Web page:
Dave interviews wartime Spitfire pilot Jim Robinson. Photo by Peter Wheeler.

This year, Dave plans to create a similar sub-series, Wings Over Britain, traveling to England to visit museums, airfields, aircraft collections, airshows and memorials and interview people involved in aviation there and particularly in the preservation of both warbirds and the memories of the people they represent.

Dave says he “will weave into the series the stories of the thousands of New Zealanders who traveled halfway around the world to fly and fight in the defense of Britain and the liberation of Europe in WWII. Particularly of note will be marking the 80th Anniversary of the Battle of Britain, and also the Battle of France. During both battles, New Zealanders made up the largest number of non-UK pilots and aircrew to take part. I’ll also cover Kiwis taking the fight to Europe, including D-Day, and also Kiwis in the Royal Navy Fleet Air Arm, and probably a few stories of Kiwis who also flew and fought in WWI.”

Dave is the editor of Sport Flying magazine and does freelance writing as well as research for other writers, and for warbird aircraft owners tracing the history of their airplanes, and for families seeking info on their ancestors who flew or served in the RNZAF. He also interviews veterans for his Courage And Valour: New Zealanders in the Italian Campaign podcast.

Aviation News

US airlines are set for a 10th year of profits. More than 120,000 employees want a raise

After ten consecutive years of profitability for airlines, organized labor is looking to share in the good fortune and also advance some quality-of-life benefits. Labor agreements with over 120,000 unionized airline employees are scheduled for this year.

737 crisis leaves Boeing badly behind in race with Airbus

2019 was a “disastrous year” for Boeing and 2020 will be “precarious.” Boeing has new leadership, the company is hemorrhaging financial resources, engineering resources are focused on the 737 MAX, and Boeing has lost strategic advantage to Airbus. Boeing faces a damaged reputation with airlines, regulators, pilots, and the flying public.

Revealed: The safest airlines to fly in 2020

Airlineratings.com announced the Top Twenty Safest Airlines for 2020: Qantas, Air New Zealand, EVA Air, Etihad, Qatar Airways, Singapore Airlines, Emirates, Alaska Airlines, Cathay Pacific Airways, Virgin Australia, Hawaiian Airlines, Virgin Atlantic Airlines, TAP Portugal, SAS, Royal Jordanian, Swiss, Finnair, Lufthansa, Aer Lingus, and KLM.

The site also announced the Top Ten Safest Low-Cost Airlines for 2020, in alphabetical order: Air Arabia, Flybe, Frontier, HK Express, IndiGo, Jetblue, Volaris, Vueling, Westjet, and Wizz.

United’s Fantasy Flight Makes Holiday Wishes Come True

For many years, United Airlines has taken children in need on a “Fantasy Flight to the North Pole.” This season, flights originated from 16 cities around the world.

Delta Air Lines is the Most Punctual Mega Airline in the U.S. for the Third-Straight Year, According to OAG’s Punctuality League 2020

OAG announced the results of its Punctuality League 2020, and Delta ranked number 1 for U.S. airlines in the Mega Airline category for a third consecutive year with an OTP of 83.56%. The U.S. remains a world leader for punctuality, finishing with four of the top 10 most punctual Mega Airlines and six of the top 10 Mega Airports globally.

Why It Seems Like Nothing Can Stop the A-10 Warthog

The U.S Air Force has given up trying to retire the A-10 and will instead upgrade the aircraft.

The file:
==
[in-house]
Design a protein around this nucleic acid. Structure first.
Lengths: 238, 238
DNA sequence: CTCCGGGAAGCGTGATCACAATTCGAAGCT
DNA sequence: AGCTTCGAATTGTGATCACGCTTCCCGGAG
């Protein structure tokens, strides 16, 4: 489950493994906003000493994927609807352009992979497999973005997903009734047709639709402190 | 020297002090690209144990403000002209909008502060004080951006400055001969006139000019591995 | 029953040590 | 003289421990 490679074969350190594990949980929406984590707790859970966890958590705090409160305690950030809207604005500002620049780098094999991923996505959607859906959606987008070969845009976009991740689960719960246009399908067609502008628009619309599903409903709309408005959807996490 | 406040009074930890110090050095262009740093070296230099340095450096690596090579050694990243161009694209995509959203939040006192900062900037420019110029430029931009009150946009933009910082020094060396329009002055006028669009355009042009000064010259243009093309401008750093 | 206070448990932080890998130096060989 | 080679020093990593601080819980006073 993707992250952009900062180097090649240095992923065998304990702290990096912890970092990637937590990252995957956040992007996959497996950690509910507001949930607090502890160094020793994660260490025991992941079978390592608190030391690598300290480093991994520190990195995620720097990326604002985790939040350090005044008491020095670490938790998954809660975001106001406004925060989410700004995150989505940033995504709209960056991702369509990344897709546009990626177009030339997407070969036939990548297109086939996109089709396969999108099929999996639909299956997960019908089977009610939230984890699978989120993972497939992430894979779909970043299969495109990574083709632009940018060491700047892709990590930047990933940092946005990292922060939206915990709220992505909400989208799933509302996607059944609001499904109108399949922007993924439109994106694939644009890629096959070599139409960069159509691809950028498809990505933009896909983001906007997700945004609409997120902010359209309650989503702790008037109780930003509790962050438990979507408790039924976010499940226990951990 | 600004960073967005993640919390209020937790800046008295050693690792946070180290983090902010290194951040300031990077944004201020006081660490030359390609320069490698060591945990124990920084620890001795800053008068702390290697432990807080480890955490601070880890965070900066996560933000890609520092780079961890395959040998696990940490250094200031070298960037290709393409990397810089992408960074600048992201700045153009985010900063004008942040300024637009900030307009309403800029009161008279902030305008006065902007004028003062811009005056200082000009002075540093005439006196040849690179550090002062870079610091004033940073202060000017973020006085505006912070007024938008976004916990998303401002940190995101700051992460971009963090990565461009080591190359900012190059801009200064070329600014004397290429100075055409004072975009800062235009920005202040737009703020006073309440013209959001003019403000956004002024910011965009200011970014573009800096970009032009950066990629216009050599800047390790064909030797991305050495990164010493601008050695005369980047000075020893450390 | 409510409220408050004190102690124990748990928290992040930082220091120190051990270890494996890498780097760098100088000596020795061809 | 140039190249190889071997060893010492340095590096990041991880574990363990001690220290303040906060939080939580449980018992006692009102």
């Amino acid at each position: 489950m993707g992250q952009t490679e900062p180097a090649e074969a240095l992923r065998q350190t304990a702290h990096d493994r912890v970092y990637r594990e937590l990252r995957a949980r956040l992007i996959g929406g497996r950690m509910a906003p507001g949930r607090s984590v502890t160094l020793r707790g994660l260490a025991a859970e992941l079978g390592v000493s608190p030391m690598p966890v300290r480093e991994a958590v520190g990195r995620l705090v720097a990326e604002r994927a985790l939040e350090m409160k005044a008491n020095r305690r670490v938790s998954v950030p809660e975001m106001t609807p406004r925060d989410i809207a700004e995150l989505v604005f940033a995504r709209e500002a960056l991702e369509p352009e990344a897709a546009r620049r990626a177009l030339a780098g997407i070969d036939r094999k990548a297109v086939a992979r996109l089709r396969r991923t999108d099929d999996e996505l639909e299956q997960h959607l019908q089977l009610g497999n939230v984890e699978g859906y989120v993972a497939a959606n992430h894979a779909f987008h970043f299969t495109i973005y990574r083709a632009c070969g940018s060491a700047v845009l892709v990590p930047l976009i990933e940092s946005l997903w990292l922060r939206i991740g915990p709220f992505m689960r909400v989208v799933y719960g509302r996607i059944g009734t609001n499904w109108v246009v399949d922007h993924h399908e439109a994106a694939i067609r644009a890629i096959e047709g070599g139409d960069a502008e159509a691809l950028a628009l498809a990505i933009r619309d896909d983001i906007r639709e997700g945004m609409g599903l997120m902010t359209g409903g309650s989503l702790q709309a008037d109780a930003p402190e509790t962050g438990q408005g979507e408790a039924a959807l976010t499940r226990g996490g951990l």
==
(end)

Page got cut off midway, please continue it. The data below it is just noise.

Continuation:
Mentioned

John Mollison from Old Guys and Their Airplanes has a new film titled The Mettle Behind the Merit – The Steve Pisanos Story. Produced with the Distinguished Flying Cross Society, it is about an immigrant who came to live the American Dream and ended up an ace and WWII war hero. An Educator’s Kit is available to bring the story into the classroom.

Important Charter Guidance for Pilots and Passengers – The FAA says this posting will be removed on January 19, 2020.

Contact Ground, Point Niner – OpenAirplane.com and FlyOtto.com have shut down.

584 Bits & Pieces XXVI

Bits & Pieces

Our Main(e) Man Micah looks back at his aviation activities from 2019.

Mentioned

AvGeekFests.com

Innovations in Flight Family Day and Outdoor Aviation Display

Eat at the Airport.com

 

583 Flight Planning with SkyVector

We talk about flight planning with the founder and CEO of SkyVector. In the news, we look at transferring funding for light attack planes to the U.S. Special Operations Command, the Aircraft Noise Reduction Act, Boeing’s Board of Directors’ decision to pause 737 MAX production, and Alaska Airlines ugly holiday sweater promotion. We also have the Australia News Desk from the boys down under.

Guest

David Graves, founder and CEO of the SkyVector flight planning system.

David Graves, founder and CEO of the SkyVector flight planning system.

David Graves is the founder and CEO of SkyVector, which provides worldwide aeronautical charts, online mapping, and related flight planning products and services. The company combines its aeronautical mapping capability with weather and data overlays, airport information, FBO listings, and more.

In 2003, David was working as a programmer for a Seattle startup. He took an introductory flight with a small flight school at Boeing Field and his first solo came after 4 months and 20 hours. He earned his private pilot’s license about a year later.

SkyVector.com flight planning went on-line in the fall of 2006 and by the end of 2009, it was experiencing over 100,000 unique users a month.  In 2010, David quit his job to work on SkyVector full-time. The World VFR and World IFR charts went live in 2012. Flight Plan filing went live in 2015, and at the end of the decade, SkyVector is being visited by over 550,000 unique users per month.